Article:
4.) (tie) J. Sterling Morton School District 201. Grade: A

6.) Naperville, Ill., District 203. Grade: A

7.) Community High School District 218. Grade: B

8.) Rich Township District 227. Grade: B

9.) (tie) Proviso Township District 209. Grade: B

9.) (tie) Thornton Township District 205. Grade: B

"You don't want these young drivers in cars that don't have air bags or that are 10 or 15 years old and frankly are unsafe," said aid Sen. Susan Garrett, D-Lake Forest.

The average age for vehicles that were used in the 2010 and 2011 school year for these programs was slightly newer than 5-years-old. More than half of the vehicles were purchased after 2009. Nearly 70 percent of the vehicles were purchased by districts after 2006. More than 80 percent of these vehicles we purchased after 2001.

Safety should be a top concern of all district officials. Student drivers need to be equipped with vehicles that have the ability to save a life in the event of an accident. Poorly maintained and aging vehicles are unacceptable for our inexperienced drivers who are already at a high risk for a car accident.

Continue reading "Driver's Ed Vehicles Could Be Endangering Teens in Chicago Car Accidents" »

September 19, 2011

Simple and Old-Fashioned Tips to Prevent Injury in a Chicago Car Accident

There are a few simple steps that motorists can take on our roadways to help save lives in the event of a car accident in Chicago. Some of the simplest steps include wearing a seat belt and ensuring that all child passengers are properly buckled up as well.

According to a recent study conducted by the Insurance Institute for Highway Safety, some of the oldest safety precautions outweigh the benefits of new-car technology. The National Highway Traffic Safety Administration reports that there were more than 32,750 people killed because of traffic accidents in 2009 in the United States.

Our Chicago car accident attorneys understand that seat belts are one of the biggest lifesavers in the event of an accident. As a matter of fact, it's reported that more than 12,700 lives were saved in 2009 because of the use of seat belts. Estimates conclude that nearly 3,700 child lives over the age of four could have been saved if parent's would have properly buckled them in.

Seat belt usage is up a significantly from just 10 years ago. Many safe-driving advocates credit this increase to high-visibility enforcement efforts from law enforcement agencies and the increase in the number of states to enact primary seat belt laws. The national seat belt usage rate was about 85 percent in 2010.

Primary seat belt laws make it okay for officers to pull over a motorist simply for not wearing a seat belt. More than 30 states, including the District of Columbia currently have primary belt laws.

A parent can also help to save their child's life by properly buckling them up during all trips in the car. The American Academy of Pediatrics recently made some changes to its child safety seat recommendations, asking parents to keep their children in rear-facing car seats until they're 2-years-old or until they've reached the seat's height and weight limitations. Once a child has exceeded the limits for their rear-facing car seat, parents are urged to make the switch to the front-facing car seat.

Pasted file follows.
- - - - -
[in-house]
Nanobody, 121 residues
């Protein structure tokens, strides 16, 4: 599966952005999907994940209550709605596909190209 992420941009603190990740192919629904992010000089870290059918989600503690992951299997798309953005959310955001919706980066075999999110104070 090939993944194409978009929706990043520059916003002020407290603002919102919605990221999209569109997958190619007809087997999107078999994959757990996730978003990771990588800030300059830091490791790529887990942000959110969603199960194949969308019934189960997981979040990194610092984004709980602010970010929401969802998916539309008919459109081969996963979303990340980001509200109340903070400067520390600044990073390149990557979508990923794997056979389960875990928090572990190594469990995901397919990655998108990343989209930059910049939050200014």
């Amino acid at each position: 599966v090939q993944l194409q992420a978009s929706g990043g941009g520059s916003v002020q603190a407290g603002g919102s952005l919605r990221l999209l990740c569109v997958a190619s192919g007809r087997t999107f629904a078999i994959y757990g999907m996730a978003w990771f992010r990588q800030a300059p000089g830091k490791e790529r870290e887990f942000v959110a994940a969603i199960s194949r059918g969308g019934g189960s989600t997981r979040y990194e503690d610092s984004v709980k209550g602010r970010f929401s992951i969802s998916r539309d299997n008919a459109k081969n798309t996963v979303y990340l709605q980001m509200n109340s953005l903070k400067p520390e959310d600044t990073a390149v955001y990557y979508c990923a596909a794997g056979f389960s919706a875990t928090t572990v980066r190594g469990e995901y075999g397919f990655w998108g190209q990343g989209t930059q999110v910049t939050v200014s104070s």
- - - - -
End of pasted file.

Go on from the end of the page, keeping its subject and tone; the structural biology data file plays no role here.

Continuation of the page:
Unfortunately, properly fastening these seats to the vehicle's seat is no easy task. As a matter of fact, more than 70 percent of parents misuse their child's car seat. offers you a list of instructions on how to properly buckle in your safety seat. The website also provides you with reviews on popular car seats.

Once your child has outgrown their current front-facing car seat, it's time to advance them to a booster seat. Ideally, you want to place your child in a booster seat once they turn 13 or once they're 4 feet 9 inches.

“Any restraint is better than none, but to be most effective, it’s important that the restraint fits both the child and the vehicle,” says Institute senior vice president for research Anne McCartt.

Some of the best prevention measures rest in the hands of drivers. Motorists are urged to remain cautious and focused at the wheel at all times. Safe driving habits and proper restraints can help to keep you, your family and other motorists safe in the event if a car accident.

Continue reading "Simple and Old-Fashioned Tips to Prevent Injury in a Chicago Car Accident" »

September 18, 2011

Fatigued Drivers Contributing to Risk of Car Accidents in Chicago

The Center for Disease Control and Prevention (CDC) reports that one of its recently conducted studies revealed that about 5 percent of drivers have fallen asleep at the wheel at least once in the last 30 days. The CDC conducted this study to truly illustrate the dangers of drowsy driving and the number of car accidents in Illinois and elsewhere.

Other studies reveal even more alarming statistics. The National Sleep Foundation also conducted a similar study that determined that about a third of all drivers have fallen asleep while driving over the last year. Another 13 percent of drivers from that study reported falling asleep while driving at least once over the last 30 days.

Our Chicago car crash attorneys understand that these statistics are likely much, much higher. Not all drivers will willingly report to an officer that they were fatigued or drowsy during a traffic accident. For this reason, no true number can be recorded. There's no equivalent to a Breathalyzer to monitor someone's level of sleepiness.